Have you seen the video of Facebook CEO Mark Zuckerberg speaking in Mandarin at a Beijing university for a full 30-minute Q&A? His audience was stunned and the video quickly went viral. As a non-Mandarin speaking viewer, his grasp of the language appeared quite impressive.
However, experts in the media later suggested that Zuckerberg’s Mandarin was actually similar to that of an articulate seven-year old – with a mouth full of marbles. I’m sure most of us would still like to give him an A for effort.
The lesson to take away from Zuckerberg’s video is that when it comes to bilingual skills, sometimes effort is not good enough – and job candidates may not always be as bilingual as they seem (not that Zuckerberg was trying to prove that he was bilingual with Mandarin, of course).
The challenges of filling bilingual positions
In Canada, there is a significant shortage of bilingual talent to fill positions that require the use of more than one language, especially when it comes to speaking both English and French. According to the 2011 Census reports, one person out of every five in Canada speaks a second language at home other than English and French. But when it comes to English/French bilinguals, that figure shrinks down to just 17.5% nationally.
I’ve seen many candidates exaggerate the depth of their bilingualism, all with good intentions – hoping to land one of those hard-to-fill positions. For HR and hiring managers, navigating through the various levels of bilingualism among candidates can be tough, especially when they don’t speak the second language. Written comprehension exams can help, but beyond that it’s always a good idea to test a candidate’s bilingual skills through someone who speaks the language fluently. To identify candidates that are true fluent bilinguals, they can use an informal test called “code-switching.”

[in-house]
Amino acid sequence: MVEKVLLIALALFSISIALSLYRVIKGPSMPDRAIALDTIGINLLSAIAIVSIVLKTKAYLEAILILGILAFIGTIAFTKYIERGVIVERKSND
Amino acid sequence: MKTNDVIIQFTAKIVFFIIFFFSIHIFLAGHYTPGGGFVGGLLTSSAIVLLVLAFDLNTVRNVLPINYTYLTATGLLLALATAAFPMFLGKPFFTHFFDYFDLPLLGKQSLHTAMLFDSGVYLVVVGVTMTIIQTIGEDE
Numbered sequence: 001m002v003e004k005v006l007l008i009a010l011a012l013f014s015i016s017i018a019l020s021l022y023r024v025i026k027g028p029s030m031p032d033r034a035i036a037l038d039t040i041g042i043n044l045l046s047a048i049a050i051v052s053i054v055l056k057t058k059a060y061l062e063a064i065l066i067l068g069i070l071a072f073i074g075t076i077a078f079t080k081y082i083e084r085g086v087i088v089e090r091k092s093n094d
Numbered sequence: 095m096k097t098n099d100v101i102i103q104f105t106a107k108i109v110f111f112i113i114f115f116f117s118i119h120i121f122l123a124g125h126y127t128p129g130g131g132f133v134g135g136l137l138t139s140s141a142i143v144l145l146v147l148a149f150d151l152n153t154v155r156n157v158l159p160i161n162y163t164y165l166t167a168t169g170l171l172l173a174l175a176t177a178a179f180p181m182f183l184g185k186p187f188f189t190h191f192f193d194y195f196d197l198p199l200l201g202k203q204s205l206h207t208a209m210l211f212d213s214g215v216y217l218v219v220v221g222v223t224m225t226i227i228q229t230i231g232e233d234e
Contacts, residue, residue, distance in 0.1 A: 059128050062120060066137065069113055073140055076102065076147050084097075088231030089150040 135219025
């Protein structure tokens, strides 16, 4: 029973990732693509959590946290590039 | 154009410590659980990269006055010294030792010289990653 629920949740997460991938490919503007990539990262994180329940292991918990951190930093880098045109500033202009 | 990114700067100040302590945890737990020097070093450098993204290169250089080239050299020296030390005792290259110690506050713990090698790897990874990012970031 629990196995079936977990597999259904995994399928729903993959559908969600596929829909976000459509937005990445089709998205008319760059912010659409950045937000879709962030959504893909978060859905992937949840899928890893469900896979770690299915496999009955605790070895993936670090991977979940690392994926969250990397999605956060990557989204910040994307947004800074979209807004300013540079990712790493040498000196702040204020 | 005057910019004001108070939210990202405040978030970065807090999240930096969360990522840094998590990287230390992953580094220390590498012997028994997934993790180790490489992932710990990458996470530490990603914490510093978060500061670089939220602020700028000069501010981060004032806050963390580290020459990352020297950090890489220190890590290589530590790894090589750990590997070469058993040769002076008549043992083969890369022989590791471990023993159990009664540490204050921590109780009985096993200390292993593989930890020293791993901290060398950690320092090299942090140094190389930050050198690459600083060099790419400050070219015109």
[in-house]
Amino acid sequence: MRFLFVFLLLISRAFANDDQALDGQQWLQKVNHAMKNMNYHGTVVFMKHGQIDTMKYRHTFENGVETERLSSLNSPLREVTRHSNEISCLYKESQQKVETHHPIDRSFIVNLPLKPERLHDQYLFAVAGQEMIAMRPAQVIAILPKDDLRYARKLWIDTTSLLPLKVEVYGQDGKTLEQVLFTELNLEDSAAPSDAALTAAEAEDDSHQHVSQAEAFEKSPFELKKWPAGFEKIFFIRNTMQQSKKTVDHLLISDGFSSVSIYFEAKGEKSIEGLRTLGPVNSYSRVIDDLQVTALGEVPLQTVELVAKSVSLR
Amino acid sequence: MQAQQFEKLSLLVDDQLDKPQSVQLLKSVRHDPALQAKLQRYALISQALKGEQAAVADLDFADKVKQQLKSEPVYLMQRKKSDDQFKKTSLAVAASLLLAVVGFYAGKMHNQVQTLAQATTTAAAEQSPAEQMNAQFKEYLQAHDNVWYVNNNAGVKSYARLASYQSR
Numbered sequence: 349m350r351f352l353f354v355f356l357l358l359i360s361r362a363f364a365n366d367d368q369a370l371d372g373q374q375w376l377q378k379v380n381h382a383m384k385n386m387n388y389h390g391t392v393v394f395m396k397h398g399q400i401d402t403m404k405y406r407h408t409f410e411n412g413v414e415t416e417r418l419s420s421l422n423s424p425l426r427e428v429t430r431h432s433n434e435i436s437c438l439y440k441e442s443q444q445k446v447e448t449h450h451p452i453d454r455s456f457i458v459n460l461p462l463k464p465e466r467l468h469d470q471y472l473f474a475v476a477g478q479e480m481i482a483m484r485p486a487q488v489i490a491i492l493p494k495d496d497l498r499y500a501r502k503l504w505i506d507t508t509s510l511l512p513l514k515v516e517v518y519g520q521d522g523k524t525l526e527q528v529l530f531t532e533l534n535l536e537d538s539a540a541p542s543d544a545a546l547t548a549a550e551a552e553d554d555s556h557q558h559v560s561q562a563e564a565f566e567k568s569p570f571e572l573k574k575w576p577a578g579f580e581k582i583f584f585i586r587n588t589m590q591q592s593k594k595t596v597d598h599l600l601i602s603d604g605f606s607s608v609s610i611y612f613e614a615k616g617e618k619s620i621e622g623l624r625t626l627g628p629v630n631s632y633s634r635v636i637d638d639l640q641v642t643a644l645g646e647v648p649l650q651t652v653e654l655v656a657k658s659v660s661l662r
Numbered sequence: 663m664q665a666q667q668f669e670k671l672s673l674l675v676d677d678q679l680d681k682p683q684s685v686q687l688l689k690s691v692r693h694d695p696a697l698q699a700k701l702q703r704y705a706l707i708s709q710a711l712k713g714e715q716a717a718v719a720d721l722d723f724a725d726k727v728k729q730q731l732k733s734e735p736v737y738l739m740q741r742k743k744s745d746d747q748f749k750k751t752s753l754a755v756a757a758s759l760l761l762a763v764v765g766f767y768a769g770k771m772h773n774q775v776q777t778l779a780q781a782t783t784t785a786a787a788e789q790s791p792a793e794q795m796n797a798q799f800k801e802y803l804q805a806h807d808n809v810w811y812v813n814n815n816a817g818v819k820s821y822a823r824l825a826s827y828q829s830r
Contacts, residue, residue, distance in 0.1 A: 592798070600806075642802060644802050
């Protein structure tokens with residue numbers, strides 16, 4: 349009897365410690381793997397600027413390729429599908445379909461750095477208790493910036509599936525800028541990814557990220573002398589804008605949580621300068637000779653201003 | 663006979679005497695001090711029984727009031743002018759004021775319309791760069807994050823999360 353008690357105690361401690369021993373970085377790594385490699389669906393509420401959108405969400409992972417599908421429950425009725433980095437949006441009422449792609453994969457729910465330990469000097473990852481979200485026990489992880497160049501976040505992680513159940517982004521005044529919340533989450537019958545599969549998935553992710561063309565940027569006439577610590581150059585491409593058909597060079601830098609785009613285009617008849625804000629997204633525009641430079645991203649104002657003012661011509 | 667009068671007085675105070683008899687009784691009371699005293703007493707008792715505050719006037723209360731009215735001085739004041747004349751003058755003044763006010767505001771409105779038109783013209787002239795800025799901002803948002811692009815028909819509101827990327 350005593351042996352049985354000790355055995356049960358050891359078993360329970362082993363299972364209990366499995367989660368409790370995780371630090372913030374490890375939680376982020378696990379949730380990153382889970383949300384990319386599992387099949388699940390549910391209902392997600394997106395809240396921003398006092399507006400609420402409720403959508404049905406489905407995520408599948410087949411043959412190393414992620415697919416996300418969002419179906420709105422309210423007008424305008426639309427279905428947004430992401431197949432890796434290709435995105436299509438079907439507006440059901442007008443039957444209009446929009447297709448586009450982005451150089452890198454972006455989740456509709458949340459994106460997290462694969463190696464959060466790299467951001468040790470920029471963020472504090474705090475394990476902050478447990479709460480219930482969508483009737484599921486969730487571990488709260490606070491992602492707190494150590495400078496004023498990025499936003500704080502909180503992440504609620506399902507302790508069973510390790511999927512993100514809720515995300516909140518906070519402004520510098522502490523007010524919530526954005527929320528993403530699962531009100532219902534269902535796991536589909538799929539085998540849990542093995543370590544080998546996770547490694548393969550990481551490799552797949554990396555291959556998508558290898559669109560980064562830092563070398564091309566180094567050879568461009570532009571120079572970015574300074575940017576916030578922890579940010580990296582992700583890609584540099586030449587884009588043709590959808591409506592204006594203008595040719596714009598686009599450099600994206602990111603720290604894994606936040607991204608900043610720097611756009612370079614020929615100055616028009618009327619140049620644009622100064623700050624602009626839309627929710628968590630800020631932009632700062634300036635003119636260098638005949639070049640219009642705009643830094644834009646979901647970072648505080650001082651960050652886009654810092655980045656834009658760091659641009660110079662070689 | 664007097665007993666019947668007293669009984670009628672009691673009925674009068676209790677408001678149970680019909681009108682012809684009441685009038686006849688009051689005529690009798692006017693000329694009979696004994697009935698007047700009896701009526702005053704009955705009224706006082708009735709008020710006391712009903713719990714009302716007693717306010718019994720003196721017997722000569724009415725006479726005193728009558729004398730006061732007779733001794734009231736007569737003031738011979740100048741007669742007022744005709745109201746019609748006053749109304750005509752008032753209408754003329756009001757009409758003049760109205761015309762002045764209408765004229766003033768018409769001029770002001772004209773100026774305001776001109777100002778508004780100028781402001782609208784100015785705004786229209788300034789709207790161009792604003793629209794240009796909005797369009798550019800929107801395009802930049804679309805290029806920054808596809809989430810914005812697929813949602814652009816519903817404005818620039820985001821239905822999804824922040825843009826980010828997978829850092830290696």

What is code-switching?
Code-switching is catching the attention of both media and recruiters and HR professionals alike. This is a natural occurring phenomenon among bilinguals and multilinguals, where they seamlessly switch from one language to another within the same conversation. Many linguistic scholars believe true code-switching happens only when a person is completely proficient in two or more languages.
People naturally code-switch for a number of reasons:
- Sometimes one word or phrase in one language better captures the context or meaning of what someone is trying to communicate or it simply “sounds better.”
- Mixing two languages reinforces cultural identity within a conversation.
- Sometimes it’s simply an “unconscious transfer” of information from one language to another.
In some cases, the practice of code-switching comes with its own dedicated term. In the urban dictionary, the word “Frenglish” refers to English with traces of French words littered throughout. While in the South Asian community, the term that is used globally for code-switching is called “Hinglish,” which Wikipedia calls a “portmanteau of Hindi and English.” Hinglish can also refer to using English with words from other South Asian languages, such as Punjabi. This practice is so common that it is often used in advertising within diverse South Asian communities.
Code-switching in recruitment and hiring
As bilingual/French recruiters, we intentionally switch languages mid-conversation from English to French during pre-screening interviews. This prompts candidates who are fluently bilingual to also use their code-switching skills. Code-switching allows us to assess more accurately how comfortable a candidate is in their first language versus their second language (e.g. are they fully bilingual, proficient, or at the advanced or intermediate levels, etc.).
While finding bilingual candidates and testing their skills may appear complex at first, there is great value for investing in multilingual talent within the workforce. Beyond expanding the client/customer base of your organization through bilingual staff (and the direct potential increase in profits as a result), experts also suggest there are many intangible advantages to having bilingual employees.
For example, bilingual people may be smarter than monolinguals, thanks to various cognitive, social, cultural, psychological and health advantages. Other reported benefitsof learning more than one language can include, quicker adapting and problem-solving skills, more effective multitasking, improved memory, and better decision-making skills.
Perhaps there is more value than we realized to the moment “when you start thinking dans les deux langues at the same time.”
This article was originally posted in Workopolis.